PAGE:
Video | Agriculture | Confidence | Economy | Energy | Employment | Finance | Media | Property | RBNZ | Science | SOEs | Tax | Technology | Telecoms | Tourism | Transport | Search

 


Beekeepers eschew kiwifruit orchards as sprays create hazard

Beekeepers eschew kiwifruit orchards as Psa sprays create ‘hazard’

By Jonathan Underhill

Jan. 4 (BusinessDesk) – Some beekeepers have pulled their hives out of kiwifruit orchards, concerned that sprays used to control the Psa vine-wilting bacteria are the latest hazard for an under-siege bee population.

“More than one beekeeper has withdrawn their hives,” said John Hartnell, honey exporter and bees spokesman at Federated Farmers. He wouldn’t put his own hives on a kiwifruit orchard, saying “that would destroy my business overnight.”

Former Green MP Sue Kedgley cites an unnamed Bay of Plenty beekeeper in a New Zealand Herald column as saying he had recently lost 230 of his beehives - half his operation. That beekeeper said he suspects a “cocktail” of pesticides and chemicals used in many kiwifruit orchards is to blame. Some desperate growers may even be using illegal chemicals to try to save their vines.

New Zealand has some 430,000 hives which contribute some $5 billion to the economy by way of pollinating crops, according to figures cited by Fed Farmers.

The bees are under threat from the Varroa mite and the more recently arrived Nosema ceranae disease, meaning New Zealand is missing only two of the four vectors that are likely to cause so-called colony collapse disorder. Australia has them – European foulbrood and Israeli acute paralysis virus – which is why local beekeepers oppose imports of Australian honey. In turn, Australia is trying to keep out the Varroa mite.

“The pollination of kiwifruit is very important to our industry,” Hartnell said. Still, “some beekeepers say the risk is too great,” especially to the export Manuka honey crop.

The antibiotic spray called streptomycin can be used by kiwifruit growers to control Psa though an investigation by the Ministry for Primary Industries resulted in 45 orchards being warned for using it illegally, the Herald reported in August.

Barry O’Neill, chief executive of Kiwifruit Vine Health, which is leading the industry response to Psa, says streptomycin is used under strict controls including no spraying in the week up to and including flowering.

“Streptomycin has been used now for two seasons as a result of Psa and we’ve found no evidence of antibody residues in hives,” O’Neill said. A small percentage of beekeepers had elected to withdraw from servicing kiwifruit orchards, he said.

Growers have reported no shortage of hives yet and Hartnell says there are probably enough beekeepers whose main business is pollination, rather than export honey, who are happy to keep supplying the growers.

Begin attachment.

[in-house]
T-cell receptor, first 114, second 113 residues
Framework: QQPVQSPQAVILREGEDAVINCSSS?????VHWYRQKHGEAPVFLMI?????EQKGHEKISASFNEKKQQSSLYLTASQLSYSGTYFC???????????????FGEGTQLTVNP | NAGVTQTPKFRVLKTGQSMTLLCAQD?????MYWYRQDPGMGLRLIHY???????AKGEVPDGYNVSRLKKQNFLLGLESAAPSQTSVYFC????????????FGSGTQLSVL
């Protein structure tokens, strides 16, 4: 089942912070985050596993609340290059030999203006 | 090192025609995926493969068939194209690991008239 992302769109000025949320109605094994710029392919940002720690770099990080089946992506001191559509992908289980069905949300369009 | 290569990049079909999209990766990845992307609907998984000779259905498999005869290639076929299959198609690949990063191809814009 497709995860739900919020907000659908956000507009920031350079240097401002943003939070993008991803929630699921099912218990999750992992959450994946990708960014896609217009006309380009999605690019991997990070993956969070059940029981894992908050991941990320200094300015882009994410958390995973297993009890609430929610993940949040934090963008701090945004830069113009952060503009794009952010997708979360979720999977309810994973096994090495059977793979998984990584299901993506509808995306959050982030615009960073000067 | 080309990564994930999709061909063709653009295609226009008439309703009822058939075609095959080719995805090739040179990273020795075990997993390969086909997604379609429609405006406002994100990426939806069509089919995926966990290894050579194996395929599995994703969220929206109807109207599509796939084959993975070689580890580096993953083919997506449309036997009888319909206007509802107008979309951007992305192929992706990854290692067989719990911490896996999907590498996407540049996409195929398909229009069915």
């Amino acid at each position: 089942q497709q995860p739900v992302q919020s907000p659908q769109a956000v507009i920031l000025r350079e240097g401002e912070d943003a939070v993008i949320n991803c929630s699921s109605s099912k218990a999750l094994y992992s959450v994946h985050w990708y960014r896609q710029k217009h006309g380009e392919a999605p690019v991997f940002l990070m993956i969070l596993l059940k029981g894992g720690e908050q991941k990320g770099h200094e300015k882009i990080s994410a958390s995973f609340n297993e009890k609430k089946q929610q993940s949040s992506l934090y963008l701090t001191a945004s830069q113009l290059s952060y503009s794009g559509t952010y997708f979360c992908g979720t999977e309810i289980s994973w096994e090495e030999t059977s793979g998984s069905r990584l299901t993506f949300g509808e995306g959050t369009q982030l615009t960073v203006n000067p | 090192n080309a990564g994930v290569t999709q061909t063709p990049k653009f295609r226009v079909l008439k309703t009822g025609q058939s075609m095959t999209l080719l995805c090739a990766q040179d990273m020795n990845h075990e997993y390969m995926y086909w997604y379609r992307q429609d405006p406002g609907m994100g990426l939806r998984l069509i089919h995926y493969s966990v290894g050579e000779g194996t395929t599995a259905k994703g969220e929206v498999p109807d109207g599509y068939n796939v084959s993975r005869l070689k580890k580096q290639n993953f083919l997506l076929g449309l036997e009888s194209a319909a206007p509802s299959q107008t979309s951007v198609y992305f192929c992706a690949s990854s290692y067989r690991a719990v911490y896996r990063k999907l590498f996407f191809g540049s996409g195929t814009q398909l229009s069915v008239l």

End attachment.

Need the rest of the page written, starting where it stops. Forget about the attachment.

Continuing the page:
(BusinessDesk)

© Scoop Media

 
 
 
 
 
Business Headlines | Sci-Tech Headlines

 

Power Outages, Roads Close: Easter Storm Moving Down Country

The NZ Transport Agency says storm conditions at the start of the Easter break are making driving hazardous in Auckland and Northland and it advises people extreme care is needed on the regions’ state highways and roads... More>>

ALSO:

Houses (& Tobacco) Lead Inflation: CPI Up 0.3% In March Quarter

The consumers price index (CPI) rose 0.3 percent in the March 2014 quarter, Statistics New Zealand said today. Higher tobacco and housing prices were partly countered by seasonally cheaper international air fares, vegetables, and package holidays. More>>

ALSO:

Notoriously Reliable Predictions: Budget To Show Rise In Full-Time Income To 2018: English

This year’s Budget will forecast wage increases through to 2018 amounting to a $10,500 a year increase in average full time earnings over six years to $62,200 a year, says Finance Minister Bill English in a speech urging voters not to “put all of this at risk” by changing the government. More>>

ALSO:

Prices Up, Volume Down: March NZ House Sales Drop 10% As Loan Curbs Bite

New Zealand house sales dropped 10 percent in March from a year earlier as the Reserve Bank’s restrictions on low-equity mortgages continue to weigh on sales of cheaper property. More>>

ALSO:

Scoop Business: Chorus To Appeal Copper Pricing Judgment

Chorus will appeal a High Court ruling upholding the Commerce Commission’s determination setting the regulated prices on the telecommunications network operator’s copper lines. More>>

ALSO:

Earlier:

Cars: Precautionary Recalls Announced For Toyota Vehicles

Toyota advises that a number of its New Zealand vehicles are affected by a series of precautionary global recalls. Toyota New Zealand General Manager Customer Services Spencer Morris stressed that the recalls are precautionary. More>>

ALSO:

'Gardening Club': Air Freight Cartel Nets Almost $12 Million In Penalties

The High Court in Auckland has today ordered Swiss company Kuehne + Nagel International AG to pay a penalty of $3.1 million plus costs for breaches of the Commerce Act. Kuehne + Nagel’s penalty brings the total penalties ordered in this case to $11.95 million ... More>>

ALSO:

Crown Accounts: Revenue Below Projections

Core Crown tax revenue has increased by $1.9 billion (or 5.0%) compared to the same time last year. However this was $1.1 billion less than expected and is reflected across most tax types, continuing the pattern of recent months. More>>

ALSO:

Get More From Scoop

 
 
Computer Power Plus
 
 
 
 
 
 
 
 
Business
Search Scoop  
 
 
Powered by Vodafone
NZ independent news